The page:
Man slowly backing away from large zucchiniWell it about that time. The time of year when Zucchini start showing up. They mysteriously appear on your desk at work or on your front step. They arrive like Secret Santa gifts. And they’re never normal size like the ones commercially grown that you find at the store. These are more the size of small dogs. And being the good stewards of our land, we do our best to use them. We start looking for recipes, zucchini bread, zucchini cake, sauteed zucchini, grilled zucchini, stuffed zucchini. Well here’s a new one for you and it’s quite yummy! Fried Shoestring Zucchini. I found this on Michele’s blog.
Fried Shoestring Zucchini
Start by shredding zucchini on the fine setting of a mandolin.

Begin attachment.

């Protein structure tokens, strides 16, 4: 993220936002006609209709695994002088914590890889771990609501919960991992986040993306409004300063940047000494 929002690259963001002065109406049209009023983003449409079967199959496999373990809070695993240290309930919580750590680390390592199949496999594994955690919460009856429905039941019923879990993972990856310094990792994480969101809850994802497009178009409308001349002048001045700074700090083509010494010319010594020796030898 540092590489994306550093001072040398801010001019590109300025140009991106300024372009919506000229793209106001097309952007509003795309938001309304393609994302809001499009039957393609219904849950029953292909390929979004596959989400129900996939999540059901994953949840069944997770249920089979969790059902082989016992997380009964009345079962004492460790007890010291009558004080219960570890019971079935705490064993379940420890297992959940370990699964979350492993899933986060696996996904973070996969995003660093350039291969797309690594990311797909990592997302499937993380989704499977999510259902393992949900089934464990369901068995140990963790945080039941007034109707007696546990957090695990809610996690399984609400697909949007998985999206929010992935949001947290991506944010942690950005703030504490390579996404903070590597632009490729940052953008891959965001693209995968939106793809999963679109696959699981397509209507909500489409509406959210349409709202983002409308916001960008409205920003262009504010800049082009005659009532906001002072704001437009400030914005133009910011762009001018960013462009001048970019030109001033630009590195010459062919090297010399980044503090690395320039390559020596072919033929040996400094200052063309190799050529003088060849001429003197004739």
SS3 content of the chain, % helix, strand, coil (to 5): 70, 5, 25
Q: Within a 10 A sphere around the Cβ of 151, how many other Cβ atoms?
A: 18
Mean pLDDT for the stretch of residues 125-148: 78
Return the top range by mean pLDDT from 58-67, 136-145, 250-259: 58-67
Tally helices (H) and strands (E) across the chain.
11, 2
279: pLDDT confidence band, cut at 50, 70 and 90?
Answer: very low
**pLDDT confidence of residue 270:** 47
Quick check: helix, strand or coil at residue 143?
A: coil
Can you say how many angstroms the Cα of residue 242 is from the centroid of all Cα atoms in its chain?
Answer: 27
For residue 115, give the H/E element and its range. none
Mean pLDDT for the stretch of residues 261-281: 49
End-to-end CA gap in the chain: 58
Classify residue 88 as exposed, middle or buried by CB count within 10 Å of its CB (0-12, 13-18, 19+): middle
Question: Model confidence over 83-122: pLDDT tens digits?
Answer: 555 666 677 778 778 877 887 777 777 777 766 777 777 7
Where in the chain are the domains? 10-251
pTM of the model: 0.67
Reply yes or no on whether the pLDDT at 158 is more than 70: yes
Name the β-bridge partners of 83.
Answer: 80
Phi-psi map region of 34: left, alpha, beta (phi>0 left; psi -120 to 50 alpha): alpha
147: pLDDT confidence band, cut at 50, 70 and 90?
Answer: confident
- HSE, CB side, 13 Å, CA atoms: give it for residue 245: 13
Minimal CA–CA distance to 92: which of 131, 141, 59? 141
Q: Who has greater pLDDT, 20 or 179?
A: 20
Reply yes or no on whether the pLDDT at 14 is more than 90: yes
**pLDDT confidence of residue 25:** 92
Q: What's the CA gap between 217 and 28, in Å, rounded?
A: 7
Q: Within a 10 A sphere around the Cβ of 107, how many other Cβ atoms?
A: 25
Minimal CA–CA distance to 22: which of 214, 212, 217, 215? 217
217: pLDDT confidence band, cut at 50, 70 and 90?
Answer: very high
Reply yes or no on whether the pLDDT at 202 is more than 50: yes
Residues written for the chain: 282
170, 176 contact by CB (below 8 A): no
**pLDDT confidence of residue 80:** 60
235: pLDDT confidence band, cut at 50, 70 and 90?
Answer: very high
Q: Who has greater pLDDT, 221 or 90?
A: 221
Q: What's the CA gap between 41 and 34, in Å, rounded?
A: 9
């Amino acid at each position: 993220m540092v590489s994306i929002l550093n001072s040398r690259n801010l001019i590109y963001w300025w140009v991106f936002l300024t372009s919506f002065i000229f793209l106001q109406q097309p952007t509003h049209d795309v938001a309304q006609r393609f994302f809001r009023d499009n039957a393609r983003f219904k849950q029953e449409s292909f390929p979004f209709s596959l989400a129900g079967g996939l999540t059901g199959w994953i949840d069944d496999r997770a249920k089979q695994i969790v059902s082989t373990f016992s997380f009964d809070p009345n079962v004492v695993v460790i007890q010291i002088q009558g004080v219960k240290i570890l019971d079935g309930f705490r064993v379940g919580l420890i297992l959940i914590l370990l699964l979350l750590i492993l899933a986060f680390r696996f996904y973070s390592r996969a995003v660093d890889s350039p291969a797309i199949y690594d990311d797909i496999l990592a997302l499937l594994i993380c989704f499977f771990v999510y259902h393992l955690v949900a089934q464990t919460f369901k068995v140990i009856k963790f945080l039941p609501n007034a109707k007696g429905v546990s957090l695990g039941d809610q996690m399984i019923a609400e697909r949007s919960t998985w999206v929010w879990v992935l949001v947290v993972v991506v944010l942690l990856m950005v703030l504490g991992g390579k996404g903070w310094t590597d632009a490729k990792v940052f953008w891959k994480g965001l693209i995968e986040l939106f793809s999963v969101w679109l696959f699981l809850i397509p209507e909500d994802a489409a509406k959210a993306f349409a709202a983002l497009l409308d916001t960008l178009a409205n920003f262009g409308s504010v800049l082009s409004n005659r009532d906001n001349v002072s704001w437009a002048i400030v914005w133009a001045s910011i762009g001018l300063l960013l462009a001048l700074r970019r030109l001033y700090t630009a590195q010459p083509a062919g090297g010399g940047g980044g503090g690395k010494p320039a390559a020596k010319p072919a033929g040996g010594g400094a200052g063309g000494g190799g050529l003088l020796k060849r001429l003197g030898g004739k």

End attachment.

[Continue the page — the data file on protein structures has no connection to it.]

Heat a saucepan of canola oil (about 2 inches deep) over medium high heat. You know it’s ready (about 350 degrees) when you dangle in a zucchini strip and it sizzles. Don’t put the zucchini into cold or cool oil or it will just absorb all of the oil. When the oil is hot, carefully add a good handful of the shredded zucchini to the oil – it will bubble fiercely because of the water in the zucchini, so just let it go awhile.
Tags: Centennial, Colorado, Lebanese, Lunch, Morrocan, Sahara Restaurant
About 7 of us met for lunch today and when this group gets together, Sahara is “our place”, a long-standing tradition. The group is tied by one common denominator; place of employment. Current employees, past employees, relatives of employees…the only way we’d ever know each other is because of corporate America.
Sahara Restaurant is a casual spot offering Middle Eastern specialties from Lebanon and Morocco and is located in a strip mall just east of Arapahoe Road and I-25 in Centennial.
Another tradition with this group seems to be some sort of odd rule. You’re supposed to order the Spicy Chicken.